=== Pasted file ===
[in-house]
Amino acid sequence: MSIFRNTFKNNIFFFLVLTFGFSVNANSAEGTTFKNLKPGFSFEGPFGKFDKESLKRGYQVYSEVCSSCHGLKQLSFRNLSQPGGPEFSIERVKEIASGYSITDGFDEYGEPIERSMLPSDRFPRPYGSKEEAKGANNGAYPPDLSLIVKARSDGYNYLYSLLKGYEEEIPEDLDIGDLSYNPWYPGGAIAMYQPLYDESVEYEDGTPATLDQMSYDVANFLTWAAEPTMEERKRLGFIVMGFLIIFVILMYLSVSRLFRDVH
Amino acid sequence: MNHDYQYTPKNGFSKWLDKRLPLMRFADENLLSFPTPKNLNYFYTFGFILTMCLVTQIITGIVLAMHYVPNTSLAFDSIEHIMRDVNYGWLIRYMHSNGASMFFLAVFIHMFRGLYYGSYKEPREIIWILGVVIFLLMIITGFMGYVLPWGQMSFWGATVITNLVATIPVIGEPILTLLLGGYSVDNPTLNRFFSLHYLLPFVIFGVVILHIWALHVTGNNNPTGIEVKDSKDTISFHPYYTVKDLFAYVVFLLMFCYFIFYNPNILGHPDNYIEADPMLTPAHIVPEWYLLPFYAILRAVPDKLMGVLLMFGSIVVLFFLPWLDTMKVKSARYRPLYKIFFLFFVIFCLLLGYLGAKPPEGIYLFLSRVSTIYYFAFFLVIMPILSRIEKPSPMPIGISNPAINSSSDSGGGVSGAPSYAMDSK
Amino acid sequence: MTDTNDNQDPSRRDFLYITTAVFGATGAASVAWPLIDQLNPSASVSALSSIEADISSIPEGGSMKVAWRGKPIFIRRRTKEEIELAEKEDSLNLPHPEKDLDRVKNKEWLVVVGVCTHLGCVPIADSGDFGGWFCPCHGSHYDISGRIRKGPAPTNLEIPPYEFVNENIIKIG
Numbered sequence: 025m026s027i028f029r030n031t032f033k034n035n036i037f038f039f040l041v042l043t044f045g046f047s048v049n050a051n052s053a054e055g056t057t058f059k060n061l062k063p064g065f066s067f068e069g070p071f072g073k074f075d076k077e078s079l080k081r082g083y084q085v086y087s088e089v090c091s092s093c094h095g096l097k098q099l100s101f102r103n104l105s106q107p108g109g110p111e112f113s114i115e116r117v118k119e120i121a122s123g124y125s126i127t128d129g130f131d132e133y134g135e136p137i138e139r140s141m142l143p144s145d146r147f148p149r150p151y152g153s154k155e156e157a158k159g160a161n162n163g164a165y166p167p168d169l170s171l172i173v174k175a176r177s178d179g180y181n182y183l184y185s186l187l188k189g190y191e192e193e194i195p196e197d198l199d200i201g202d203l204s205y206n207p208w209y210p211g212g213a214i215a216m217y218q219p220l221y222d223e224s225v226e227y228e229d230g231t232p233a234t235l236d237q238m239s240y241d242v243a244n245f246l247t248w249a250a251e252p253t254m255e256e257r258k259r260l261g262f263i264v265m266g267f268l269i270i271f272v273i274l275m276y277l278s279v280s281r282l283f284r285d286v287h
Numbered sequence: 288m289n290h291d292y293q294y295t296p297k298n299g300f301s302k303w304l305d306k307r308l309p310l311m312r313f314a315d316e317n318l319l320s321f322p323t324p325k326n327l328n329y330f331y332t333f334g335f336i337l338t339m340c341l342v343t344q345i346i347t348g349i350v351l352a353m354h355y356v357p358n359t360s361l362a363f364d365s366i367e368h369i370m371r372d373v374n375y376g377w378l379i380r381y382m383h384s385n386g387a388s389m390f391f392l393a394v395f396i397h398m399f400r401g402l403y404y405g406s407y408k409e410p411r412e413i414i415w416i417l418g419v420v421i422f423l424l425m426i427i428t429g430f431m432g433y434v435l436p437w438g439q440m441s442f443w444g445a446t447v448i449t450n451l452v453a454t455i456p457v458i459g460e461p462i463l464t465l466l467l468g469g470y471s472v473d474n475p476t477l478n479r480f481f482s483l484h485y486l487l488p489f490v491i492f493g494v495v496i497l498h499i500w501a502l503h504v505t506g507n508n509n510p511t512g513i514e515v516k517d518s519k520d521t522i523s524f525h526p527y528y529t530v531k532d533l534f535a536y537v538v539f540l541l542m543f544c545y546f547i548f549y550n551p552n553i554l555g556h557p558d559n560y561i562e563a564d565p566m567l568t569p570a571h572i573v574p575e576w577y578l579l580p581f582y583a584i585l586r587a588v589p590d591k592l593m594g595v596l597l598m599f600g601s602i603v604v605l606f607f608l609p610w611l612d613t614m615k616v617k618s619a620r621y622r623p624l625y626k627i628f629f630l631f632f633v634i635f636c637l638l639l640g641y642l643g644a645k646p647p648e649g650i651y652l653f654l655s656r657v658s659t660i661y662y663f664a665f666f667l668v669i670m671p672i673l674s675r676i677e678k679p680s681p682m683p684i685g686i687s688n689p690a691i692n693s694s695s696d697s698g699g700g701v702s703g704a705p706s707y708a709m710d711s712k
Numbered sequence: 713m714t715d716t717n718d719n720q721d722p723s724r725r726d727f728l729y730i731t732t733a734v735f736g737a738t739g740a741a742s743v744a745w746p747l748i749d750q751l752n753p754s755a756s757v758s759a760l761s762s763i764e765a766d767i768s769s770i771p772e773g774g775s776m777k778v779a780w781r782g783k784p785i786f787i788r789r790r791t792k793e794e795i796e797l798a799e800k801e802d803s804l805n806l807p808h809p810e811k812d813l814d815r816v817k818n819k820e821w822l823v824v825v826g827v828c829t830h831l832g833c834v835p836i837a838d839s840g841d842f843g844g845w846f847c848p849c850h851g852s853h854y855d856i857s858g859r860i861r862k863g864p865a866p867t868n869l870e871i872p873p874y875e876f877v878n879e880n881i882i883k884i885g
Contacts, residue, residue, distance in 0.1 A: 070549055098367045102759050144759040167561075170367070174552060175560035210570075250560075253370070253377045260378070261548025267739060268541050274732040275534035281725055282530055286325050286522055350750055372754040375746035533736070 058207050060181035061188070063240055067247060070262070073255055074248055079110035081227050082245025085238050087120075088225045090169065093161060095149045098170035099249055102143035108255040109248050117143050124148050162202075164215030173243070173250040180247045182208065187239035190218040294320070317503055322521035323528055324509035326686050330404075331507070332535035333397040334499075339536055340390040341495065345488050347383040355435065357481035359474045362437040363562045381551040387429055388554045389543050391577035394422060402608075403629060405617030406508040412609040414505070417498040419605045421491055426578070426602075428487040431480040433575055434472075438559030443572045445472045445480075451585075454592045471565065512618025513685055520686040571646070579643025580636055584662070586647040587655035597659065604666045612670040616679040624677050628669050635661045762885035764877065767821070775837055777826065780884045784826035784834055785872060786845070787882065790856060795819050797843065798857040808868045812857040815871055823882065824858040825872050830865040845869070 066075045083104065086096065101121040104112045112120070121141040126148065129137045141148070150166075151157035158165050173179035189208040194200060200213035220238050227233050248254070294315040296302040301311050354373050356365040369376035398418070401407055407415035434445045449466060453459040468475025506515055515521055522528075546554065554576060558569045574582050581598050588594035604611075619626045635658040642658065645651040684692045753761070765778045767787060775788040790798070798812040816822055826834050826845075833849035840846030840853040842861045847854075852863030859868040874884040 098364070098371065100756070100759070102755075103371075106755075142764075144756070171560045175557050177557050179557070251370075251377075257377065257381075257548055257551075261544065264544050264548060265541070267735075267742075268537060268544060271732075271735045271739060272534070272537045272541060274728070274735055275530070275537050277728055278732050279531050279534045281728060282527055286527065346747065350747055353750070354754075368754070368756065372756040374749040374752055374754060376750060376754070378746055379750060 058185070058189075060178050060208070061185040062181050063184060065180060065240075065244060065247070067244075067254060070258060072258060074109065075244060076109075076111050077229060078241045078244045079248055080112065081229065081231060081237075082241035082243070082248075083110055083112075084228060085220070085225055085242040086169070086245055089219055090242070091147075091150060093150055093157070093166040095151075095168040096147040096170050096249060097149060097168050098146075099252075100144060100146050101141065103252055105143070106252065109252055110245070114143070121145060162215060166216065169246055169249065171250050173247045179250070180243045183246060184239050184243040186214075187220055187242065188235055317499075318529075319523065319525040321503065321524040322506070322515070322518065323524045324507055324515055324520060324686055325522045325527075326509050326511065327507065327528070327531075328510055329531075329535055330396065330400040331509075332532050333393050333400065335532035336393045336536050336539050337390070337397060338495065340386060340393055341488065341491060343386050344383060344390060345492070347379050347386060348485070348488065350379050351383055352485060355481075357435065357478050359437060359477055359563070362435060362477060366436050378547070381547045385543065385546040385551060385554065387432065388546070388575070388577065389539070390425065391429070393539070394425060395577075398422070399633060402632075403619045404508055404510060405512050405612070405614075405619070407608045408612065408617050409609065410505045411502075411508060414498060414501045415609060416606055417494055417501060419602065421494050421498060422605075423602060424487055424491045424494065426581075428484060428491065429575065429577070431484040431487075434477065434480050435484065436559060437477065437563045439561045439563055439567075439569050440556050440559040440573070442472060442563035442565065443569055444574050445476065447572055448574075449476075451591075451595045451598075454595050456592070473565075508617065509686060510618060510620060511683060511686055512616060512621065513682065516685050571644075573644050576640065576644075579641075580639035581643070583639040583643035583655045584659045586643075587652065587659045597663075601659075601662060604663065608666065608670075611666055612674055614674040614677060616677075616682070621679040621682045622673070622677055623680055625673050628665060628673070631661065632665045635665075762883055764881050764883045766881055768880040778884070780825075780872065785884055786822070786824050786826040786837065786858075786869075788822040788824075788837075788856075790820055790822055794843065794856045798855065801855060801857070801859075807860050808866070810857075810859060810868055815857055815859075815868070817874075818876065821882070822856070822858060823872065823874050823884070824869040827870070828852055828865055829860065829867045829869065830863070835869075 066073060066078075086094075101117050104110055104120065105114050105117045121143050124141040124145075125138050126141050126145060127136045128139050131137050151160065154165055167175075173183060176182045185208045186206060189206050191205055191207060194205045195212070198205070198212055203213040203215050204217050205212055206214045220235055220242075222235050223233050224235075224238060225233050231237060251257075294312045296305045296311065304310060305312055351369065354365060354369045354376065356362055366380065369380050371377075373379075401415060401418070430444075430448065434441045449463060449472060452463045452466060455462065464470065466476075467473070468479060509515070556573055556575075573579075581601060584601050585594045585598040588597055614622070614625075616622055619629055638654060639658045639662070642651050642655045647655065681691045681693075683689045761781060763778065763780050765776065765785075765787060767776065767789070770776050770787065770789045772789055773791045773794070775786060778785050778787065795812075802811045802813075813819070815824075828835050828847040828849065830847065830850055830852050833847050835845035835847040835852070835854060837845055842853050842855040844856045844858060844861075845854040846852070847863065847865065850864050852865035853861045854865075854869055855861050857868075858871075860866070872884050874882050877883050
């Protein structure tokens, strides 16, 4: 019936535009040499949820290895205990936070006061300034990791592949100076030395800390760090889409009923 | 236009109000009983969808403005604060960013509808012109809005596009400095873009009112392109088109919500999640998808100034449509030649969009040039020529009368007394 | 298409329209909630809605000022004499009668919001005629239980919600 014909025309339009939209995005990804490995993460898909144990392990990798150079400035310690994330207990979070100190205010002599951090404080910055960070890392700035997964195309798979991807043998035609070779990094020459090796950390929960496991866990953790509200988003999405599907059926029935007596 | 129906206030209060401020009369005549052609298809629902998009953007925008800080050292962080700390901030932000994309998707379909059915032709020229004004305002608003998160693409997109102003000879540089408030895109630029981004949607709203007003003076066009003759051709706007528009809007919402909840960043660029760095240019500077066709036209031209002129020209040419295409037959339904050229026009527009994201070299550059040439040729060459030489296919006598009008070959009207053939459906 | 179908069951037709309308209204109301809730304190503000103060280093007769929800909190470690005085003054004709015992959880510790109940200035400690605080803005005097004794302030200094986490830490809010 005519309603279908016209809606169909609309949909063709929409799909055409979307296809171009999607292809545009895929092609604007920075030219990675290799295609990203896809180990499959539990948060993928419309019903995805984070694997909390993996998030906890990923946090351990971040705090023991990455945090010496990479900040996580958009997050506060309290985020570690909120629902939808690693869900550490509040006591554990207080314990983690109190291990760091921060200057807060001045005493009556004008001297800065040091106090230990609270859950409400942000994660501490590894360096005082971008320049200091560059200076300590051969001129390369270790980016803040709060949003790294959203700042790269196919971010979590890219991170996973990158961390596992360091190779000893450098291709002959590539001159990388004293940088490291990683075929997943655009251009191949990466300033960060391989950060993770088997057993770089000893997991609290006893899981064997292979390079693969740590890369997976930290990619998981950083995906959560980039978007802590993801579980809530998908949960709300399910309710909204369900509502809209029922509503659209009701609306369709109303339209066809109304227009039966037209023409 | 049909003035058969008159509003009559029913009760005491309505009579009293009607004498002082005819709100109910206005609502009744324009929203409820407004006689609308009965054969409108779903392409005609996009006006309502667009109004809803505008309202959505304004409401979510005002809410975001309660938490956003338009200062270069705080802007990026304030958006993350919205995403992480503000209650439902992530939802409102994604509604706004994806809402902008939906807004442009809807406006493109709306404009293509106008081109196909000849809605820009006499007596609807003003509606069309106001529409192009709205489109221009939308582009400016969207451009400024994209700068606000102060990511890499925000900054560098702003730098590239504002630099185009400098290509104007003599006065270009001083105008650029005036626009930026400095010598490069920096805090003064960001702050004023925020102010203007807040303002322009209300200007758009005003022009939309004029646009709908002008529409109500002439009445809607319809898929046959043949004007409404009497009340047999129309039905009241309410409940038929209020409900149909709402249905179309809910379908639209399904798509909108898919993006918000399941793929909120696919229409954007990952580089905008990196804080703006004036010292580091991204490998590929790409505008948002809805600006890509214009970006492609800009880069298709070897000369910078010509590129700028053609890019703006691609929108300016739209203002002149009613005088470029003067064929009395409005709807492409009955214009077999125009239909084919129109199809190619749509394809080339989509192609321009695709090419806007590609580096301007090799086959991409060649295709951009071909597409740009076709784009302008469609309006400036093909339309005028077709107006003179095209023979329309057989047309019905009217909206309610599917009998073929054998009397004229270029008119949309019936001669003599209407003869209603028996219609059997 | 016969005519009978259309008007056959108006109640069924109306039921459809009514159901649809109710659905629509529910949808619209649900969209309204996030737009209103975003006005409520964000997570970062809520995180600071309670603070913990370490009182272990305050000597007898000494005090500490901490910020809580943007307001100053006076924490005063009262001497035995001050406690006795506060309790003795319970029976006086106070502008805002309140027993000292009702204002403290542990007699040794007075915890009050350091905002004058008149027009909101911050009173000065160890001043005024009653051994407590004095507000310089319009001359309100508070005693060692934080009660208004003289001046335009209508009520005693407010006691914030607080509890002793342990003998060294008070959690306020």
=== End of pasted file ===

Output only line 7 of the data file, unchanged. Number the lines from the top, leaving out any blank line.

Numbered sequence: 713m714t715d716t717n718d719n720q721d722p723s724r725r726d727f728l729y730i731t732t733a734v735f736g737a738t739g740a741a742s743v744a745w746p747l748i749d750q751l752n753p754s755a756s757v758s759a760l761s762s763i764e765a766d767i768s769s770i771p772e773g774g775s776m777k778v779a780w781r782g783k784p785i786f787i788r789r790r791t792k793e794e795i796e797l798a799e800k801e802d803s804l805n806l807p808h809p810e811k812d813l814d815r816v817k818n819k820e821w822l823v824v825v826g827v828c829t830h831l832g833c834v835p836i837a838d839s840g841d842f843g844g845w846f847c848p849c850h851g852s853h854y855d856i857s858g859r860i861r862k863g864p865a866p867t868n869l870e871i872p873p874y875e876f877v878n879e880n881i882i883k884i885g